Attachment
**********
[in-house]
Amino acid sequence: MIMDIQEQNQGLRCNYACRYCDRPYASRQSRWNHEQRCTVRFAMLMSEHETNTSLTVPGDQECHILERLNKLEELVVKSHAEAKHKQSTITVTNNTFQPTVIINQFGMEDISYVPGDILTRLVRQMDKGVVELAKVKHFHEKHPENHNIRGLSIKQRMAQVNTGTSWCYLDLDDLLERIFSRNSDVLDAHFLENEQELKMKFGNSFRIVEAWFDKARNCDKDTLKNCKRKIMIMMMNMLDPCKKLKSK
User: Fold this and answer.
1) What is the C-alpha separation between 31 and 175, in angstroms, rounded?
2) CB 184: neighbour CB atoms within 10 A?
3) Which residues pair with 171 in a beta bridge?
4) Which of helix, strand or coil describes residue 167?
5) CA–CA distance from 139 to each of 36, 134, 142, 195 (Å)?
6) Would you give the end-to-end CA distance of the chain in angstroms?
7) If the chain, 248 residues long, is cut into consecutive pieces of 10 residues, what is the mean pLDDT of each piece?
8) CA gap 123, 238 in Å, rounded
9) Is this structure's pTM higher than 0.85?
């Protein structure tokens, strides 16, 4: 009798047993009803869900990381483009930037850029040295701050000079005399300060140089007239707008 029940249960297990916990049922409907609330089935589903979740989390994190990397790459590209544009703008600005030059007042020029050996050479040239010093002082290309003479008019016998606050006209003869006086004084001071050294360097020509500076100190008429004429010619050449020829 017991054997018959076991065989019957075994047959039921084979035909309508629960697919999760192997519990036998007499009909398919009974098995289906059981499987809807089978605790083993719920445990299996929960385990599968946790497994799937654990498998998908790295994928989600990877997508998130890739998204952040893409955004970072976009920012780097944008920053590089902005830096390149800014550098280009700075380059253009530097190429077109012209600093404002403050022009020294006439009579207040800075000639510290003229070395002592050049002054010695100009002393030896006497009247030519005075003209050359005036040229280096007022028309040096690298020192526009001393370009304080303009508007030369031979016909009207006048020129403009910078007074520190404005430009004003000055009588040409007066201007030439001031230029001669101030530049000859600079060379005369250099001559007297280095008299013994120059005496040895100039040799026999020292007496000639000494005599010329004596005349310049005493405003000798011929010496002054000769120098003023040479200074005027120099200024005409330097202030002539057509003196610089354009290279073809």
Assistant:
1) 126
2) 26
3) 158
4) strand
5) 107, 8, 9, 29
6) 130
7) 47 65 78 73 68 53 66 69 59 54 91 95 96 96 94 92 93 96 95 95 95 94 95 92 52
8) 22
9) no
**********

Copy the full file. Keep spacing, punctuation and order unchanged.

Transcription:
[in-house]
Amino acid sequence: MIMDIQEQNQGLRCNYACRYCDRPYASRQSRWNHEQRCTVRFAMLMSEHETNTSLTVPGDQECHILERLNKLEELVVKSHAEAKHKQSTITVTNNTFQPTVIINQFGMEDISYVPGDILTRLVRQMDKGVVELAKVKHFHEKHPENHNIRGLSIKQRMAQVNTGTSWCYLDLDDLLERIFSRNSDVLDAHFLENEQELKMKFGNSFRIVEAWFDKARNCDKDTLKNCKRKIMIMMMNMLDPCKKLKSK
User: Fold this and answer.
1) What is the C-alpha separation between 31 and 175, in angstroms, rounded?
2) CB 184: neighbour CB atoms within 10 A?
3) Which residues pair with 171 in a beta bridge?
4) Which of helix, strand or coil describes residue 167?
5) CA–CA distance from 139 to each of 36, 134, 142, 195 (Å)?
6) Would you give the end-to-end CA distance of the chain in angstroms?
7) If the chain, 248 residues long, is cut into consecutive pieces of 10 residues, what is the mean pLDDT of each piece?
8) CA gap 123, 238 in Å, rounded
9) Is this structure's pTM higher than 0.85?
């Protein structure tokens, strides 16, 4: 009798047993009803869900990381483009930037850029040295701050000079005399300060140089007239707008 029940249960297990916990049922409907609330089935589903979740989390994190990397790459590209544009703008600005030059007042020029050996050479040239010093002082290309003479008019016998606050006209003869006086004084001071050294360097020509500076100190008429004429010619050449020829 017991054997018959076991065989019957075994047959039921084979035909309508629960697919999760192997519990036998007499009909398919009974098995289906059981499987809807089978605790083993719920445990299996929960385990599968946790497994799937654990498998998908790295994928989600990877997508998130890739998204952040893409955004970072976009920012780097944008920053590089902005830096390149800014550098280009700075380059253009530097190429077109012209600093404002403050022009020294006439009579207040800075000639510290003229070395002592050049002054010695100009002393030896006497009247030519005075003209050359005036040229280096007022028309040096690298020192526009001393370009304080303009508007030369031979016909009207006048020129403009910078007074520190404005430009004003000055009588040409007066201007030439001031230029001669101030530049000859600079060379005369250099001559007297280095008299013994120059005496040895100039040799026999020292007496000639000494005599010329004596005349310049005493405003000798011929010496002054000769120098003023040479200074005027120099200024005409330097202030002539057509003196610089354009290279073809």
Assistant:
1) 126
2) 26
3) 158
4) strand
5) 107, 8, 9, 29
6) 130
7) 47 65 78 73 68 53 66 69 59 54 91 95 96 96 94 92 93 96 95 95 95 94 95 92 52
8) 22
9) no